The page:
The Moment Home Readings Buy the Book About The Moments

The Door

I don’t know why that night was different than any other, why that night instead of falling asleep on my wet pillow I crept silently upstairs and into the bathroom.

It happened one night when I was seventeen. In a single moment, the lightbulb went on and the big iron doors to my soul clanged shut. In that single moment everything suddenly made sense.

I guess I had been depressed even as an infant, and certainly suicidal since the age of eight. Nothing terribly dramatic, or bloody, but my pillow was soaked with tears as night after night I failed at smothering myself quietly in my bed. I learned to sob without waking my two sisters, asleep in the bed beside me. I ached to matter to someone, to become visible to someone, to be cared about, to be cared for, to know I was alive and delighted in. To be loved.

I’m sure I thought that, finally, in death, someone would notice me. And miss me.

I don’t know why that night was different than any other, why that night instead of falling asleep on my wet pillow I crept silently upstairs and into the bathroom. I locked the bathroom door and looked at myself in the mirror. It seemed like a long time, looking, waiting for something. I opened the medicine cabinet and one by one emptied every bottle onto the bathroom counter, aspirins, antacids, cold medicine, anihistimines, old antibiotics, old pain meds, sleep aids, you name it. There was a tiny mountain of pills of every shape and color. Methodically, I began to swallow the mountain. One at a time, coolly watching myself in the mirror. I didn’t feel anything.

When the mountain was gone, I took a swallow of water, drinking from the palm of my hand, turned off the light and sat down on the edge of the bathtub. I didn’t know what else to do. It wasn’t too long before mom got up to use the bathroom, rattled the knob and banged on the closed door. After much banging and yelling, I know I eventually got up and unlocked the door. I guess I wanted to be alive, after all.

There was a sense of urgency, a phone call to the doctor it; suddenly seemed very crowded. There was a big glass of warm water with dry mustard that I was told to drink, I vomited, and then the argument about whether I would be taken to the hospital or not. The doctor confirmed that if someone sat up with me and woke me every hour I could stay at home. My dad would sit on the couch, and I fell asleep with my head on his lap. There was a strange comfort that I had been found, and that I had caused such a stir. I thought that maybe somebody loved me, after all.

I woke with a sense of panic and disorientation. Remembered, and then realized that my dad was snoring; and his hand was inside my nightgown, firmly wrapped around my breast. I could hardly breathe. The joke was on me. I had dared to think for a moment that I was loved.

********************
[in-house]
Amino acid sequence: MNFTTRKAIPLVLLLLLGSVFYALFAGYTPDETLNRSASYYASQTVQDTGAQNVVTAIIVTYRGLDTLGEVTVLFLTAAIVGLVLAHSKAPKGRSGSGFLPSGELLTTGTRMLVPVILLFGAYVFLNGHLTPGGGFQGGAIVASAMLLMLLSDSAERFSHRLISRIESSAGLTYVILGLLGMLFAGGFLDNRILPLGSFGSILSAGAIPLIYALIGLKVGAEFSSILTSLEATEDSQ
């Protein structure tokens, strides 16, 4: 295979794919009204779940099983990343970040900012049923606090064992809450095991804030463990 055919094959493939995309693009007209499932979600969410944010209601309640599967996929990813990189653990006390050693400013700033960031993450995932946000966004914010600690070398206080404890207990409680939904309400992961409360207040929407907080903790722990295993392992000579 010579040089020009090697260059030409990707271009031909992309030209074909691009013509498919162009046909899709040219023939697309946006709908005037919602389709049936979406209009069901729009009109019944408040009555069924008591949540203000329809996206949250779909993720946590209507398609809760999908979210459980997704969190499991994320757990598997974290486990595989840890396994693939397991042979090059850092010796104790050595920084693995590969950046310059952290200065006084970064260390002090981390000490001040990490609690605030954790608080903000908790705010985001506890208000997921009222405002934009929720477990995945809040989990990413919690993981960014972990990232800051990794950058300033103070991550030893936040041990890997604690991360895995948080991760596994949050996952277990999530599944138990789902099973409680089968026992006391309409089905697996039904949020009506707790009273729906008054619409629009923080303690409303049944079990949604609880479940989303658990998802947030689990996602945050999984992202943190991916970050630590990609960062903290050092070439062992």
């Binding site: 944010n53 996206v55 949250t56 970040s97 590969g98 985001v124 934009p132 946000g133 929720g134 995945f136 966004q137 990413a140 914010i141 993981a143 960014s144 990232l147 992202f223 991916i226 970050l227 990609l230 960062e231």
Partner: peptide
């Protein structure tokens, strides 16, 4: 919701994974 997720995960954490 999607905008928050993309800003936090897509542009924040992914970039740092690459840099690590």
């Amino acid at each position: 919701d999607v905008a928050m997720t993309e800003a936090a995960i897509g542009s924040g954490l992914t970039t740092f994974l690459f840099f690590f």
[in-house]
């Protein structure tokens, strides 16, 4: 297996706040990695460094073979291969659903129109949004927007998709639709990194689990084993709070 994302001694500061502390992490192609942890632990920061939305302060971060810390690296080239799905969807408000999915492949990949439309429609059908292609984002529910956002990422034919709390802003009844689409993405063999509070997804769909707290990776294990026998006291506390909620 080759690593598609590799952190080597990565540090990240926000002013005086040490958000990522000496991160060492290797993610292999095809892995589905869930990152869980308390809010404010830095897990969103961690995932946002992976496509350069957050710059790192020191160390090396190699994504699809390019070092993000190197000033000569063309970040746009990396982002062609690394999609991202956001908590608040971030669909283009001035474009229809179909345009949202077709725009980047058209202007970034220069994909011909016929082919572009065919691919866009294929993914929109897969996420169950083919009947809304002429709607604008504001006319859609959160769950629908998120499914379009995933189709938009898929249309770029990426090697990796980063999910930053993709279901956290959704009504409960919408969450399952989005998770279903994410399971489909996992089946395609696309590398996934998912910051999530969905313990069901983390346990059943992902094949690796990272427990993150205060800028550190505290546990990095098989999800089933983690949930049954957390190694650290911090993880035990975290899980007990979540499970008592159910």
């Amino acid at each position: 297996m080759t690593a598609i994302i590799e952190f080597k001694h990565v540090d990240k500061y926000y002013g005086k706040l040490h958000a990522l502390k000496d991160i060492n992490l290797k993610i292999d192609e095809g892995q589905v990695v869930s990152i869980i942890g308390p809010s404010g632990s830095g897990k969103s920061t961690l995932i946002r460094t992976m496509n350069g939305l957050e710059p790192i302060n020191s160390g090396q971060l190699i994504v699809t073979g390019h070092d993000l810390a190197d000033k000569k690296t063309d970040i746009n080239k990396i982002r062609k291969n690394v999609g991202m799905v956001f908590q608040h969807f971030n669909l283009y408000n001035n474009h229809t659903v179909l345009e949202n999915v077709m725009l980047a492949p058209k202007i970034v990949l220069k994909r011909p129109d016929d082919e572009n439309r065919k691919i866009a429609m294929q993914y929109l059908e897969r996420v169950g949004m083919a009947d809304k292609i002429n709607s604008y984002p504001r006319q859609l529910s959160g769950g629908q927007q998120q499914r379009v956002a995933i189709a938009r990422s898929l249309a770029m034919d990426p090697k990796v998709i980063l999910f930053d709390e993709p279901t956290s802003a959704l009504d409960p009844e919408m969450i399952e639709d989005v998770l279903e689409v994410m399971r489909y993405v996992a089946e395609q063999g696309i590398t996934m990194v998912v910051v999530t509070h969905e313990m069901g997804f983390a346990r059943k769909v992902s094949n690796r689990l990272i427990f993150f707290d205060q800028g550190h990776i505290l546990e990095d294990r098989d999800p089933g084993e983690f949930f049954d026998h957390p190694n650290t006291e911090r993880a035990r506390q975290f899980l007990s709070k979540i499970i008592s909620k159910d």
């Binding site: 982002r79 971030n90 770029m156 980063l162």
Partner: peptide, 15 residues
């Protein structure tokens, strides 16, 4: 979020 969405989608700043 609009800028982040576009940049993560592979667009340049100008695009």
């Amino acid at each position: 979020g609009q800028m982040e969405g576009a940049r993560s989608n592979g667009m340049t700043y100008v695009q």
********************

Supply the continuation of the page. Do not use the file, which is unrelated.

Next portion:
That was the flash. The insight. We all think we ought to be loved; and we think we are capable of love. I realized, with the clarity of a crisp night’s sky, that there is no such thing. We think we love someone, we even tell each other that we do; but in the end, we are each only best interested in ourselves. Love is just a game, to get what we want. I slipped away from his hand and went back into my own bed as the doors banged shut in my soul. And I never cried again.

That was many, many years ago. And it has taken me many, many years to begin to understand love again. I began to learn of love when I met Jesus, and found that I was right. We are all incapable of the kind of love we are created for. But GOD loves me, with the Love I craved even all those years ago. And I can know love by this: that He loves me first, even through my closed doors.


No comments yet, why not leave one of your own?

Leave a Comment or Share Your Story

Please Sign In. Only community members can comment.

The Moment Book

Moments from the SMITH Community

Tomorrowland "Daisy, F3," my son Archer says as we pull into our parking spot. Disneyland’s about to open and we've arrived, just the two of us, our last hoorah before school starts. *** The alarm goes off and I pull the pillow tightly over my head. My husband, Hal, offers to wake the kids so I roll over, fall back asleep until Archer's voice wakes me, this time for good. "Hi, Mommy. It's …
Line Break
With Both Hands Whenever I think of my mother, my mind flips to this story. Not to the whole story, but right to the middle of it, the worst moments of it. For me, that's where the story always starts. My mother was beating the hell out of me. The first few blows seemed to come from every direction as I grabbed my nightgown and pulled it over my head, not …
Line Break
Reasons to be Thankful By Robert Israel They scraped me off the street, my bicycle in a heap nearby, and ever so gingerly placed me on the gurney. A crowd of curious onlookers watched intently, thankful they were not being loaded onto the ambulance. The nurses at the hospital were calming as nurses are wont to be, and administered an intravenous tube of morphine, and soon everything around me became fuzzy and numb, and the …
Line Break
Read More Community Moments →
SMITH Magazine

SMITH Magazine is a home for storytelling.
We believe everyone has a story, and everyone
should have a place to tell it.
We're the creators and home of the
Six-Word Memoir® project.